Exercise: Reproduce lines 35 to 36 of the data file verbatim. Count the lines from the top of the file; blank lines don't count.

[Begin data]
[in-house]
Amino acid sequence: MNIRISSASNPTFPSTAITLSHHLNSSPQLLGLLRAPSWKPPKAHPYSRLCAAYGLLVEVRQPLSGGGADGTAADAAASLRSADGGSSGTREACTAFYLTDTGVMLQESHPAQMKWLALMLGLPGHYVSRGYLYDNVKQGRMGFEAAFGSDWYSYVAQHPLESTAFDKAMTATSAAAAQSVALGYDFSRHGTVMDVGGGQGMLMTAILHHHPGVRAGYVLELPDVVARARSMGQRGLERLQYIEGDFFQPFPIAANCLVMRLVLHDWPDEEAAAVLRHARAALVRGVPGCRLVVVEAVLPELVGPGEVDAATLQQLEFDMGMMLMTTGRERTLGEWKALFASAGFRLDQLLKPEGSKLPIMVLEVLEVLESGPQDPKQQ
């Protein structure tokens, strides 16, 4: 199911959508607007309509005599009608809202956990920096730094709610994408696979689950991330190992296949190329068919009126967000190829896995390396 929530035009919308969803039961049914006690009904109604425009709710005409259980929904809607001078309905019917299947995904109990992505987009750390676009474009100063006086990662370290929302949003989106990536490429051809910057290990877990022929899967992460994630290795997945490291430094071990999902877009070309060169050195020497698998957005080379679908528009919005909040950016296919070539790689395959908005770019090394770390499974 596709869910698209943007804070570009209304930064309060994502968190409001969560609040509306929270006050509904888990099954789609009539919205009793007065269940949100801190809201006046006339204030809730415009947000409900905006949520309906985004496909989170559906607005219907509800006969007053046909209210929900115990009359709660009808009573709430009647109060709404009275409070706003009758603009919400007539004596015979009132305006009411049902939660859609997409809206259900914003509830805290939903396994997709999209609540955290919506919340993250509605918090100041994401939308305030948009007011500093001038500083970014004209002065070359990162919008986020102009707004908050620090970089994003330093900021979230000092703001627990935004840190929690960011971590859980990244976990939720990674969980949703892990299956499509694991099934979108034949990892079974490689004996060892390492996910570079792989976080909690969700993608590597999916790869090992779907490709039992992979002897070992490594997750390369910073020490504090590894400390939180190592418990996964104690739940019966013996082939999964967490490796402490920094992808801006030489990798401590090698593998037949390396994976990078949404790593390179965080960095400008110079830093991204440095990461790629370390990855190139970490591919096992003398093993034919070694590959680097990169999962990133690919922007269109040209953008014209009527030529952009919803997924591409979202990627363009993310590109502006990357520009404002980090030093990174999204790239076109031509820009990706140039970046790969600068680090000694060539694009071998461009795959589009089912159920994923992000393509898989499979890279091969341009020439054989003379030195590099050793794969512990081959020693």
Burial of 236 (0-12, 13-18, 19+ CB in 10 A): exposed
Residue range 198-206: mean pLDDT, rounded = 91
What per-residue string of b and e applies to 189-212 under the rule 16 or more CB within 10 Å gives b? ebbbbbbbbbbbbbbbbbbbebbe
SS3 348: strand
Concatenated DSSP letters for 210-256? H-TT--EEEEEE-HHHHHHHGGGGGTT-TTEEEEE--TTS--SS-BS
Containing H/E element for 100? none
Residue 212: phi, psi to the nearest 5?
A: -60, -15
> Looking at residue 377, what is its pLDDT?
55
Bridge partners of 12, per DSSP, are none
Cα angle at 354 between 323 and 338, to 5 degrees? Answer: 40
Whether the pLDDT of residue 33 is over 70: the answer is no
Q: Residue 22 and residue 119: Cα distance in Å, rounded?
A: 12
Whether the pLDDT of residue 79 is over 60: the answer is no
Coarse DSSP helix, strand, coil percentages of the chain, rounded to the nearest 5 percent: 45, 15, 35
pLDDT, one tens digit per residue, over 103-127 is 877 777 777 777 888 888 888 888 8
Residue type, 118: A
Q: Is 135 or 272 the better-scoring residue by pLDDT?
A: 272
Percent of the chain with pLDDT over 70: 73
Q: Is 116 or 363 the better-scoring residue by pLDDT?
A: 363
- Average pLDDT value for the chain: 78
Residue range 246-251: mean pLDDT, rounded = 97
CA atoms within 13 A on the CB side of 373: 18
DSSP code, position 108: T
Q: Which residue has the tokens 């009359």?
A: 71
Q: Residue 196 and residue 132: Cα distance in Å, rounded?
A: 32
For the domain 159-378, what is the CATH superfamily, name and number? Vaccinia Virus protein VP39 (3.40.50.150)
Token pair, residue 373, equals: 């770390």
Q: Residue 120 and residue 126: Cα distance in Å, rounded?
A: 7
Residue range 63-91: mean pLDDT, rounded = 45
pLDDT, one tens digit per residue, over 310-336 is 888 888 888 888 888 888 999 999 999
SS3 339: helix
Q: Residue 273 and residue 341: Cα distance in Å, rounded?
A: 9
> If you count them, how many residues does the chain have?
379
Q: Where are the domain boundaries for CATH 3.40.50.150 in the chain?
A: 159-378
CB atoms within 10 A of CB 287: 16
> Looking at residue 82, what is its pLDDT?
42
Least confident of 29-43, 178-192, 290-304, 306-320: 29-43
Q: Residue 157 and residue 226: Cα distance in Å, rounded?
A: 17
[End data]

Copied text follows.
A: 32
For the domain 159-378, what is the CATH superfamily, name and number? Vaccinia Virus protein VP39 (3.40.50.150)